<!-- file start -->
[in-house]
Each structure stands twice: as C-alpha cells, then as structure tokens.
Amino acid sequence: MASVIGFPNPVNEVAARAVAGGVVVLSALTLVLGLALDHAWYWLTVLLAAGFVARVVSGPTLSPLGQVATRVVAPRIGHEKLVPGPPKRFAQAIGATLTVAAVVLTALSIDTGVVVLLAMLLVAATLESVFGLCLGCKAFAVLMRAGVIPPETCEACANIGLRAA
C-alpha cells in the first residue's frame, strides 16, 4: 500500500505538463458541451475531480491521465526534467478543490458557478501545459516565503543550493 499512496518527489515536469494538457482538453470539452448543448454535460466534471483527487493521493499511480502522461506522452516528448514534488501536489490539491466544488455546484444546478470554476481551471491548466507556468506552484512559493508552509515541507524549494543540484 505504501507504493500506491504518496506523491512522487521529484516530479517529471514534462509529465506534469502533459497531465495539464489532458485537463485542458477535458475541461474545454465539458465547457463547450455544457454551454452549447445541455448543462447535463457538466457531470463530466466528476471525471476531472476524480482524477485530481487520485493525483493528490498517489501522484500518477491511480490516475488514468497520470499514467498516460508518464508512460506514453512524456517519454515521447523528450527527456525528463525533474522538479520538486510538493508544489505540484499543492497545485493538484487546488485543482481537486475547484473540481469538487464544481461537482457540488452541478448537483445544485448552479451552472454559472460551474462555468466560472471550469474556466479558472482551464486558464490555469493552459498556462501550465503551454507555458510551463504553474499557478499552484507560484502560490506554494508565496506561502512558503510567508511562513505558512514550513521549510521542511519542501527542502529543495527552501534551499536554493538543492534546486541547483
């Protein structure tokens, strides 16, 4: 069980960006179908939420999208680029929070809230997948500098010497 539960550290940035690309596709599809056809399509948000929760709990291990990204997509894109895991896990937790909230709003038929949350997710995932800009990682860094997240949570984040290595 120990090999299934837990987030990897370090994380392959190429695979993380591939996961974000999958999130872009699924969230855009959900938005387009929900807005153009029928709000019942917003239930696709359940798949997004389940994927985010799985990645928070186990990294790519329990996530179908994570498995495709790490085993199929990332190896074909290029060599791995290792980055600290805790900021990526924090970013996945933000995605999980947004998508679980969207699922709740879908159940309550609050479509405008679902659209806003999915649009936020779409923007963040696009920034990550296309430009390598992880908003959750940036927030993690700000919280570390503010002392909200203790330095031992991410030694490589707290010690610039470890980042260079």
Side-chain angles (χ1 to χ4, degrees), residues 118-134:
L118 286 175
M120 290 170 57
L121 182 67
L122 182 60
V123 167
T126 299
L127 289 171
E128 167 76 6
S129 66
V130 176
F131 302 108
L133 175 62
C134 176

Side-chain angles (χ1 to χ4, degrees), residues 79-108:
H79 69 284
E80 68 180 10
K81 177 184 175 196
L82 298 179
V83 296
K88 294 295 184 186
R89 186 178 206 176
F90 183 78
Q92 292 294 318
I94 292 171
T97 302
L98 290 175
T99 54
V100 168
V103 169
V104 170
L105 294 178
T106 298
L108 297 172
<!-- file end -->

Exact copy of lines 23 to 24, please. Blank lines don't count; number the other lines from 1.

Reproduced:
K81 177 184 175 196
L82 298 179